For example, I'm always struggling to find a better dictionary. Chinese dictionaries rarely provide the part of speech, which as a language learner is fundamental to me and it flabbergasts me. And it's even more important in Chinese, because parts of speech are really fluid. For example, any verb can be used as a noun to refer to the action of doing that verb. But without parts of speech or explanations, it just looks like they're throwing words around any way they want without rules. It's just that the whole realm of learning Chinese is still relatively new, especially compared to the history of learning Spanish, French, and German, so whereas those languages have tons of resources that have developed over time, resources for Chinese are just now starting to emerge.
I actually have a funny story about making it look not scary. In one of my classes in China, I had a teacher who said she went to a conference, and their goal was to figure out how to make Chinese easy to learn for foreigners. They wondered if it was the characters, and then thought that it must be a cultural problem, because in their view, Chinese people are never very direct when they speak, so you never know what they're really saying and this confuses westerners. I was dumbfounded, and didn't say anything because I didn't want to be rude, but I was thinking, of course it's the characters! Tons of cultures have indirect ways of talking, but none of those languages are unbreachable as Chinese. Chinese people (and in some part people from a lot of countries in East Asia) grow up with these symbols constantly surrounding them, so they really have no idea just how foreign and complicated they look to us and how much trouble our brains have getting around them.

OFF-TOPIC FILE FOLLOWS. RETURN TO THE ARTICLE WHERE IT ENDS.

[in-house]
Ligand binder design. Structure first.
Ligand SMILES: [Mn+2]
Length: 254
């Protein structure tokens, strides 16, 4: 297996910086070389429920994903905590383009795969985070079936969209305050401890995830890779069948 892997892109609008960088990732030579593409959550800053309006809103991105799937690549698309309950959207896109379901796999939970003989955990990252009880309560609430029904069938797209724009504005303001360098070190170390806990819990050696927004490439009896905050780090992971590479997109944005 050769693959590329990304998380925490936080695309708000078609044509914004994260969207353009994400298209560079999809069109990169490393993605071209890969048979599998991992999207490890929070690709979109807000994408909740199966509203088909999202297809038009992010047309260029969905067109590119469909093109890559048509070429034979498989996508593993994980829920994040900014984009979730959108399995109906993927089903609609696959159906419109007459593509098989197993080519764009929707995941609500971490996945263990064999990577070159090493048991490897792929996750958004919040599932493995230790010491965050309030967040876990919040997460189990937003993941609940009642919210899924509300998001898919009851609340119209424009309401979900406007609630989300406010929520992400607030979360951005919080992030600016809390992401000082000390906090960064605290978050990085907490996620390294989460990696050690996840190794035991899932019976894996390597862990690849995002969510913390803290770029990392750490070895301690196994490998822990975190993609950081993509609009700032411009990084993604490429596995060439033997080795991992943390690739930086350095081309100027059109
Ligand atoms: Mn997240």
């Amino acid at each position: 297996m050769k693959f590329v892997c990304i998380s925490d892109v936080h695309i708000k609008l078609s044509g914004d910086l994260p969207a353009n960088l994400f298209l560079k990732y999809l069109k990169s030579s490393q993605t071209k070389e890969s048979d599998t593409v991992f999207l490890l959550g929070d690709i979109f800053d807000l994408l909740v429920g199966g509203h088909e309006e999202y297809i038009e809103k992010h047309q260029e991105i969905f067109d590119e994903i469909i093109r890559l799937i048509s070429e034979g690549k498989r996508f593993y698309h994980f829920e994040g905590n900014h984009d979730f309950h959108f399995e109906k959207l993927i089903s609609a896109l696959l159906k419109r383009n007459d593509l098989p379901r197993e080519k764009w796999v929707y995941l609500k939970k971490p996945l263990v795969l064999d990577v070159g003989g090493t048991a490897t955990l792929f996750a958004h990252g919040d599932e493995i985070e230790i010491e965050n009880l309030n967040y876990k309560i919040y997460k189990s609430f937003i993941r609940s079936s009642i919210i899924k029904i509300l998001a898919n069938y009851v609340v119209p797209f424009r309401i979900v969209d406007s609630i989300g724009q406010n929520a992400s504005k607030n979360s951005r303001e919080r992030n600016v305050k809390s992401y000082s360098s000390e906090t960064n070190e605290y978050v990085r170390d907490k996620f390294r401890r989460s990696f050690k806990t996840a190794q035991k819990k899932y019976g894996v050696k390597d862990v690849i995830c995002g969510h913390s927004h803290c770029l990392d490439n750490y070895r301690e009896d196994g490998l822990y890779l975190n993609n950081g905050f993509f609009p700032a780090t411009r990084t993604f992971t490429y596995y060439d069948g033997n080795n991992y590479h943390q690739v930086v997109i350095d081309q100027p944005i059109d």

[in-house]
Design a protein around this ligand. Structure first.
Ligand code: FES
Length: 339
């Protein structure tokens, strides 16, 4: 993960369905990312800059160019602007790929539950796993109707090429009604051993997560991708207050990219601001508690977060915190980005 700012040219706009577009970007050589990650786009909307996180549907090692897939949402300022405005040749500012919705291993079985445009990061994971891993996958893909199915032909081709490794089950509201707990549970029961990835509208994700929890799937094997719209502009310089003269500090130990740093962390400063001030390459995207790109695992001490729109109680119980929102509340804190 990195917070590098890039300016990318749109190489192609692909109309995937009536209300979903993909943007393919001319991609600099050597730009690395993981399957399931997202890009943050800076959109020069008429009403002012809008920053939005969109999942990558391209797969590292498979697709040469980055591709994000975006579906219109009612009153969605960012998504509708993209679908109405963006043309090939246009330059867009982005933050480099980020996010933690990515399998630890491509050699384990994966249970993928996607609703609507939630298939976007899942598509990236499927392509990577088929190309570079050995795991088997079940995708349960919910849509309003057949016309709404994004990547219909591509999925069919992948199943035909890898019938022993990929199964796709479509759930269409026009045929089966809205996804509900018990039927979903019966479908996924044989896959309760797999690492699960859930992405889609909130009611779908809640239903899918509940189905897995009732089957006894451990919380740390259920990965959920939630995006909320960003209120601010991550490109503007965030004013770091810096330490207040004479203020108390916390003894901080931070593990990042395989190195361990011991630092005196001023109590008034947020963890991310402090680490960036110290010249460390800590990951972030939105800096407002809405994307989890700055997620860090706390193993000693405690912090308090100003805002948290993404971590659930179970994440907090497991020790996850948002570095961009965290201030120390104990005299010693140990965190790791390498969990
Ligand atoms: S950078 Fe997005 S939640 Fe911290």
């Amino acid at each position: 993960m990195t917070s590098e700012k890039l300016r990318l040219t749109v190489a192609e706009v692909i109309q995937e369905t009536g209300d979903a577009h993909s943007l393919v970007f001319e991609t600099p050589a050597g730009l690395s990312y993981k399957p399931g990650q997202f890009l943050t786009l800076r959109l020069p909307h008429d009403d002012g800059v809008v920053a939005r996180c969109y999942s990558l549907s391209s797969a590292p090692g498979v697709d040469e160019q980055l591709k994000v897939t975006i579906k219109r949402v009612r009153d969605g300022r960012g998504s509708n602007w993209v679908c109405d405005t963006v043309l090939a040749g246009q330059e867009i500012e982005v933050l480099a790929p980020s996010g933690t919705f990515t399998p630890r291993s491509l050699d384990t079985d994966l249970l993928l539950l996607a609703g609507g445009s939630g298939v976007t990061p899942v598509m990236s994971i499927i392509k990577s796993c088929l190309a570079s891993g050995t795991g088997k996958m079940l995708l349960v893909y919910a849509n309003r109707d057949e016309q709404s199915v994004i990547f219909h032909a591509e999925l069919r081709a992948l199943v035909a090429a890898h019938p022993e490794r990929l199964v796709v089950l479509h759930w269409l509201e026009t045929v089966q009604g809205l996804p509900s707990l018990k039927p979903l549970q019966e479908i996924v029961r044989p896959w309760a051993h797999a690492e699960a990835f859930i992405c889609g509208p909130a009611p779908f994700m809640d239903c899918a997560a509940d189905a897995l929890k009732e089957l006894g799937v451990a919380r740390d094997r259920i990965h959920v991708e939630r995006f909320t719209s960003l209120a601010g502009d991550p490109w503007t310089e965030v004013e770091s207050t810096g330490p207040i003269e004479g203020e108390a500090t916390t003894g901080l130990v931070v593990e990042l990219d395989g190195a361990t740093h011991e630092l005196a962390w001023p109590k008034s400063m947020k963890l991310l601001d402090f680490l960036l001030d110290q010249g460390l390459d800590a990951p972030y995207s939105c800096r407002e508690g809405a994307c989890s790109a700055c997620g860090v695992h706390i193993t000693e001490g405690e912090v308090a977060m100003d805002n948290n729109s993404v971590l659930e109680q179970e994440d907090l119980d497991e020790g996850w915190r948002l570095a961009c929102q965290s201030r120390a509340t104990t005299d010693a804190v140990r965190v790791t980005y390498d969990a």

You're completely right about the lack of knowledge and the comparison to spelling in English. I don't know if it will be ever possible to make it not scary to the average person. I'd like to think Duolingo could help a lot with that when they get the Chinese for English speakers course going. And part of me dreams of a world where the Chinese government finally decides, "This is silly! Let's use an alphabet!" There was one time in China when I was really frustrated on the street, basically shouting to my Chinese friend in Chinese that they have the world's most ineffective writing system. I got quite a few weird looks for that one, lol.
I'm happy you replied, I really enjoy the discussion!
Hah, its interesting to hear of a Chinese teacher blissfully unaware of how mind boggling hanzi seem to us - even down to the fact that our logic unconsciously rejects them because we instinctively feel they are inefficient!
As it happens I'm not so sure any more. They are obviously inefficient to learn and to teach, but like you say, in Asia you live and breathe with them all around you. I actually think it would be nice to find some way to incorporate the glyphs into our own culture somehow, at least beyond the superficial level of seeing them on clothes or tattoos.